Schizophrenia can be a difficult illness—for everyone. During episodes of psychosis, your loved one may experience frightening sensations that you can’t understand. They may act in ways that you don’t understand. Other symptoms of schizophrenia can make it hard for people to express emotions or feelings, communicate clearly, or seem interested in others. It’s important to know that these are symptoms of an illness. They are no one’s fault, but they can still be hard to cope with. Consider reaching out to a family and friends support group for your own support. The BC Schizophrenia Society has a directory of groups around BC at www.bcss.org/monthly-meetings-calendar/.
Take care of yourself, too
As a family member, it’s important to take care of yourself. Try to maintain your regular schedule and activities, such as your exercise routine and hobbies. Ask another family member or good friend to provide help with caregiving, especially in the early days of your loved one’s illness. If you need help balancing time for self-care with caregiving duties, check out the BC Schizophrenia Society’s Family Respite Program.
Try to maintain your friendships or the network of people that you have in your life. These will later become important supports as your loved one recovers. Educate them and update them on your loved one’s recovery. People are sometimes afraid to ask questions about schizophrenia and this will put them at ease.
Encourage your loved one to keep up with their treatment and recovery plan
This is very important! You are not responsible for your loved one’s treatment (unless your loved one is your child under 19), but you can support them. Schizophrenia can make it difficult for people to make and go to appointments and follow their treatment plan. With your loved one’s permission, you may choose to help by reminding them of appointments, taking them to appointments, or whatever helps in your situation. If your loved one isn’t happy with their treatment or would like to try a new approach, you can encourage them to talk with their care team, like their doctor or mental health team—it can be dangerous to stop or change a treatment without a doctor’s support.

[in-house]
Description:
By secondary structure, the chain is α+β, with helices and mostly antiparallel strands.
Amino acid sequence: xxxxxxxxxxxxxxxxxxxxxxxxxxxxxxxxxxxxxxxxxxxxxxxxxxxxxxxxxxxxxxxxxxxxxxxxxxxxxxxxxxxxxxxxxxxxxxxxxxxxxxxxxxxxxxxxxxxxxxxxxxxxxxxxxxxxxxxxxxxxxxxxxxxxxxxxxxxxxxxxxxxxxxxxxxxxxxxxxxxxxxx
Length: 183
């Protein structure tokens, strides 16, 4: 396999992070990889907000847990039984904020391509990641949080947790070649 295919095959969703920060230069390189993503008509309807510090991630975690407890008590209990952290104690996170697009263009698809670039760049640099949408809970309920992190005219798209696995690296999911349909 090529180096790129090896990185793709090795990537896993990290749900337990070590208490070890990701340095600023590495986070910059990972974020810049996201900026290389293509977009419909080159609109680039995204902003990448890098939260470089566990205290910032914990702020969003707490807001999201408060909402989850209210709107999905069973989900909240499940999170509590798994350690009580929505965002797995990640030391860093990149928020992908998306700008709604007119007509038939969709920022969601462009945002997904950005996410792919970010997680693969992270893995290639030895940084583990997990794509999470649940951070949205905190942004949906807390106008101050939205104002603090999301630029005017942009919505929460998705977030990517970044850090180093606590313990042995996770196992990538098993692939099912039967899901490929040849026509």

Treatment can be a difficult area for loved ones. It’s hard to see someone you love in pain. You might be scared of the things your loved one is experiencing. You want to help. But in order for any treatment to work, your loved one needs to be active in their care. Forcing or threatening treatment generally doesn’t work (or if it does, in the case of an emergency, only for a short time) and can often hurt everyone involved. In most cases, anyone 19 years of age and older and not at risk of harm is free to make their own choices. And their choices may include refusing treatment or choosing a treatment that you disagree with. It helps everyone if you can be respectful and keep honest communication open between you. You can learn more about dealing with this situation in Q&A: An adult in my life seems ill and won’t find help. What can I do?.
Take action if you think you or your loved one is in danger
If you think your loved one is at risk of harming themselves or others and they refuse help, it is possible to have them evaluated by a psychiatrist under the Mental Health Act. This process may involve police and other first responders, and it can be a difficult and stressful process for everyone. But it can also be a necessary step if someone is in danger. You can learn more about the Mental Health Act in the info sheet Families Coping with a Crisis and you can find the Guide to the Mental Health Act at . For a more in-depth discussion of the Mental Health Act, see a video with lawyer and health law consultation Gerrit Clements.
If your loved one says that they have thoughts of ending their life, it’s important to take action. Call 1-800-SUICIDE (1-800-784-2433) at any time or message online at www.crisiscentrechat.ca between noon and 1am. If you think your loved one is in immediate danger, you can always call 911 or go to a hospital emergency room.
Where can I learn more?